Infectious diseases and climate change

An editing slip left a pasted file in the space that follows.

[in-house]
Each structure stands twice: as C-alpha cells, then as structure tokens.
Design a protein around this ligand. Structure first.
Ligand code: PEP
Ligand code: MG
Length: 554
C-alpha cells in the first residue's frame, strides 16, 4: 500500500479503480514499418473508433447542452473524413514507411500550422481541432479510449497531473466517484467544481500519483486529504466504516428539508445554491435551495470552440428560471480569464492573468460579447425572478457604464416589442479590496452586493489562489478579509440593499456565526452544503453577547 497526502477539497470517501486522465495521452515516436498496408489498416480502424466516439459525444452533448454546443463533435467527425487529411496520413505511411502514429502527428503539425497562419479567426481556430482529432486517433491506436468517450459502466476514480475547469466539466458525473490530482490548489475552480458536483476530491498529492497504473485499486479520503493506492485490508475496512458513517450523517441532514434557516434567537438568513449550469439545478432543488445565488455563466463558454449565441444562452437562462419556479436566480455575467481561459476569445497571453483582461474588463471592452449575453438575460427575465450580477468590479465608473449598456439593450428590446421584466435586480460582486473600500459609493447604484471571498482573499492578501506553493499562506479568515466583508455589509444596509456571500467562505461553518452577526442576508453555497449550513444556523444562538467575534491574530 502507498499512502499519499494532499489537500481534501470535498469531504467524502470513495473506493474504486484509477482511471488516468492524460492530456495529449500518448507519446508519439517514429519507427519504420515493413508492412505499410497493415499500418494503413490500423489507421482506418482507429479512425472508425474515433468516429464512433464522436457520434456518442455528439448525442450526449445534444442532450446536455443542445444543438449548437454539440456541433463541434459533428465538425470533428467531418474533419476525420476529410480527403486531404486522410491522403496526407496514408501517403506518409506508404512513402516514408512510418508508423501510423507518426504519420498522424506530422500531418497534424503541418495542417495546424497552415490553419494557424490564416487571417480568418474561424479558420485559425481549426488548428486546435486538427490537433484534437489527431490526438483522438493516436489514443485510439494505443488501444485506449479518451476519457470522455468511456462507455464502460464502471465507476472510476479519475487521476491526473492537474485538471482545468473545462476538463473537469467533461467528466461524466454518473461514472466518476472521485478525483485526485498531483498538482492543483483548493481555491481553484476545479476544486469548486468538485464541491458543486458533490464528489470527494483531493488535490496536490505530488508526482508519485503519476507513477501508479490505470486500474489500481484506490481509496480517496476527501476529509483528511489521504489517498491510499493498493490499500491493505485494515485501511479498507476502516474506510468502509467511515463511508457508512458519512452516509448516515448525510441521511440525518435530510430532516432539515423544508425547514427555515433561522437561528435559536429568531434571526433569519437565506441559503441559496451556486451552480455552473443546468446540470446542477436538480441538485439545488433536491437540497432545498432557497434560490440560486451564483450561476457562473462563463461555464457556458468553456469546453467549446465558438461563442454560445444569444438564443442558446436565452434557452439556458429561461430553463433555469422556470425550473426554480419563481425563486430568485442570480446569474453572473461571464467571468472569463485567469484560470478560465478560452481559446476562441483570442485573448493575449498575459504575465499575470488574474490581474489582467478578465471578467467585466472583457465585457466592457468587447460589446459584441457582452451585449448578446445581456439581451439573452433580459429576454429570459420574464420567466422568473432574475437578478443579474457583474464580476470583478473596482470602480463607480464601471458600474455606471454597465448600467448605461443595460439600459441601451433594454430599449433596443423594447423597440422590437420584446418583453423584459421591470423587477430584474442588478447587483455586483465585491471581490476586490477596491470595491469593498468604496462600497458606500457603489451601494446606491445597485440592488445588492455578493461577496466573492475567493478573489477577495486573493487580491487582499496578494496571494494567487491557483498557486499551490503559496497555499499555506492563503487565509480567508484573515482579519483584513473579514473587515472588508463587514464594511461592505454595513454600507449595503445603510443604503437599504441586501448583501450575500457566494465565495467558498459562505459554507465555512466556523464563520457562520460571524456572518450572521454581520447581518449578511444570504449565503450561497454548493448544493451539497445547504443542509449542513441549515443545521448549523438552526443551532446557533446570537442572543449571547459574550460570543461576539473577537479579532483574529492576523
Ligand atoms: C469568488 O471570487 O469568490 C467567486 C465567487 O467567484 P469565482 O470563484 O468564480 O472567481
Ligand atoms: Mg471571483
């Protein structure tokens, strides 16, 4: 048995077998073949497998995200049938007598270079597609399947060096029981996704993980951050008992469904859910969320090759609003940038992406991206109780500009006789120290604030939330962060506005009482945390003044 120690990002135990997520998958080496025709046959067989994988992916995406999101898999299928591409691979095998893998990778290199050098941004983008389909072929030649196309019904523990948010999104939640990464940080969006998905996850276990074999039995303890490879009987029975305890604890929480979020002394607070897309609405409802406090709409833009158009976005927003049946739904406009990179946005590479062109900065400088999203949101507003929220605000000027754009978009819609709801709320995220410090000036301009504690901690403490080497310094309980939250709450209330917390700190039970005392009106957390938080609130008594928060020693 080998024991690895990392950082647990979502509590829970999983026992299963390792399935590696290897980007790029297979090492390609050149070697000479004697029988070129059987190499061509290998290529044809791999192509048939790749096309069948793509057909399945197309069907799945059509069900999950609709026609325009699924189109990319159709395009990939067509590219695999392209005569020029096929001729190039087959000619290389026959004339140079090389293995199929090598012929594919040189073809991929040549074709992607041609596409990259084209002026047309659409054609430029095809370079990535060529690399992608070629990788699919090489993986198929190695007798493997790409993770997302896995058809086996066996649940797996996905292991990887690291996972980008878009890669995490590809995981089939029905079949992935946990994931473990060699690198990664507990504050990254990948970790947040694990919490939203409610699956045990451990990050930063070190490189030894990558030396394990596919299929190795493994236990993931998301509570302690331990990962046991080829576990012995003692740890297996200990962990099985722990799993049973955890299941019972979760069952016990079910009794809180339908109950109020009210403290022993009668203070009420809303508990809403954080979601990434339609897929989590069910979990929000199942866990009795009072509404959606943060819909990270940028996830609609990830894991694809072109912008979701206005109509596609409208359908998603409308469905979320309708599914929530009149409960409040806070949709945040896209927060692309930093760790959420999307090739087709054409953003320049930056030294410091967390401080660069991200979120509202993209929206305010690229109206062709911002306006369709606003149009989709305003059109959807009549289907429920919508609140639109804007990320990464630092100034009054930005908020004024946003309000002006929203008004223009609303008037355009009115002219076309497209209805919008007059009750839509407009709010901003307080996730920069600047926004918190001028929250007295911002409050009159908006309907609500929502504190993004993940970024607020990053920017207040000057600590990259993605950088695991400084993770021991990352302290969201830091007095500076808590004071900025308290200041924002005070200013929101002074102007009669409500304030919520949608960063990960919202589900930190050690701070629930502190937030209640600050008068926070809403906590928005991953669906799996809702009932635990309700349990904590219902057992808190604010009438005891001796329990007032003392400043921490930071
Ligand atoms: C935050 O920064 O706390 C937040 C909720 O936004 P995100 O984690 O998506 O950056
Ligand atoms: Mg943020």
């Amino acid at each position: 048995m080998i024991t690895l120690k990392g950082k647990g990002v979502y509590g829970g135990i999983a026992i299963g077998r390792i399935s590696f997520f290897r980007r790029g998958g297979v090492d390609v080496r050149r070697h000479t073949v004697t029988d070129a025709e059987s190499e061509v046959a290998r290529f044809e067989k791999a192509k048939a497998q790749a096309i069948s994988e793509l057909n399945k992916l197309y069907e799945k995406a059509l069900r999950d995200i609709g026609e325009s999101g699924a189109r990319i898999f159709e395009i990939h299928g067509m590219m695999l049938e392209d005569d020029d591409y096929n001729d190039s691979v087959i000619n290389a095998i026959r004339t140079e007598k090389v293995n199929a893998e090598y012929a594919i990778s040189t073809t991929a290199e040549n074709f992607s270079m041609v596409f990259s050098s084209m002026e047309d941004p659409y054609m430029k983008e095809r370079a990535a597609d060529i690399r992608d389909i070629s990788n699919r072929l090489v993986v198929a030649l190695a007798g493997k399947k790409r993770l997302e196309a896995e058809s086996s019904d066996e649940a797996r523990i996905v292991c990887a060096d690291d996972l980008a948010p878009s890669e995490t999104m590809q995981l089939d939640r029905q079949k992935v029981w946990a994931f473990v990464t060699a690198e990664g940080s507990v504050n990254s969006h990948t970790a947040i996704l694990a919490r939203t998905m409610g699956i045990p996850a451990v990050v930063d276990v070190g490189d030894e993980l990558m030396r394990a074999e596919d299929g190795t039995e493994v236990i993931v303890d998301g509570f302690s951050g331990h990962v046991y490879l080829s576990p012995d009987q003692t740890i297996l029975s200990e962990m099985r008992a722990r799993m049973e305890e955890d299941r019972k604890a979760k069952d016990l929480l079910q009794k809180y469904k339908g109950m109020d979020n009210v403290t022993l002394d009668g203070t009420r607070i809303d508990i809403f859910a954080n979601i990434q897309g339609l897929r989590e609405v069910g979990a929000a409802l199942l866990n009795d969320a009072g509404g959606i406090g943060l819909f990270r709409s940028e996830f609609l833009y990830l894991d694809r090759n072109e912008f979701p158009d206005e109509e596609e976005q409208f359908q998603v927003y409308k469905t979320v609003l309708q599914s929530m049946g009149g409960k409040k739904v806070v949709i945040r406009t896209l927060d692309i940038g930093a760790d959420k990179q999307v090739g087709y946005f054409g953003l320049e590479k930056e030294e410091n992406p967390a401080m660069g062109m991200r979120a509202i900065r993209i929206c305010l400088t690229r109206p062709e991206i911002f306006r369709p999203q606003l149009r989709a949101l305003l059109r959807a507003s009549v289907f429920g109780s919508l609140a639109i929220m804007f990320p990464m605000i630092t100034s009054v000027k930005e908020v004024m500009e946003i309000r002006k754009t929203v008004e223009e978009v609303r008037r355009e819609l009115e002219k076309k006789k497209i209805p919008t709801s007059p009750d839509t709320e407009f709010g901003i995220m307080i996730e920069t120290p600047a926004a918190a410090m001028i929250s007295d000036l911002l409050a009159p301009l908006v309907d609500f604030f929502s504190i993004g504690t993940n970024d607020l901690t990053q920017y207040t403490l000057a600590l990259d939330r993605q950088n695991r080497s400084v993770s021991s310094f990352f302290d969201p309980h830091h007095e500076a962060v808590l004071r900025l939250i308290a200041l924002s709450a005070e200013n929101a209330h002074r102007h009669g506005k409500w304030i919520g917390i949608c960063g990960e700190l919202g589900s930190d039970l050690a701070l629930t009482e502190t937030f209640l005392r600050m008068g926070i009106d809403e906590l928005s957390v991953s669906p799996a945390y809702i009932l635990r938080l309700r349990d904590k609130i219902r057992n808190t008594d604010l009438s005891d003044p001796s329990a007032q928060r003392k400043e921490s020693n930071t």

Now a day there is an apparent increase in many infectious diseases, which includes AIDS, hepatitis C, SARS, etc. This reflects the combined impacts of rapid demographic, environmental, social, technological and other changes in our lifestyle. Vectors, pathogens and hosts each can survive and reproduce within a specific range of optimal climatic conditions. Human exposure to different waterborne infections occurs by contact with contaminated drinking water, recreational water, or food. This may result from human actions, such as improper disposal of sewage wastes, or be due to climate change. Rainfall can influence the transport and transmission of infectious agents, while temperature affects growth and survival of them.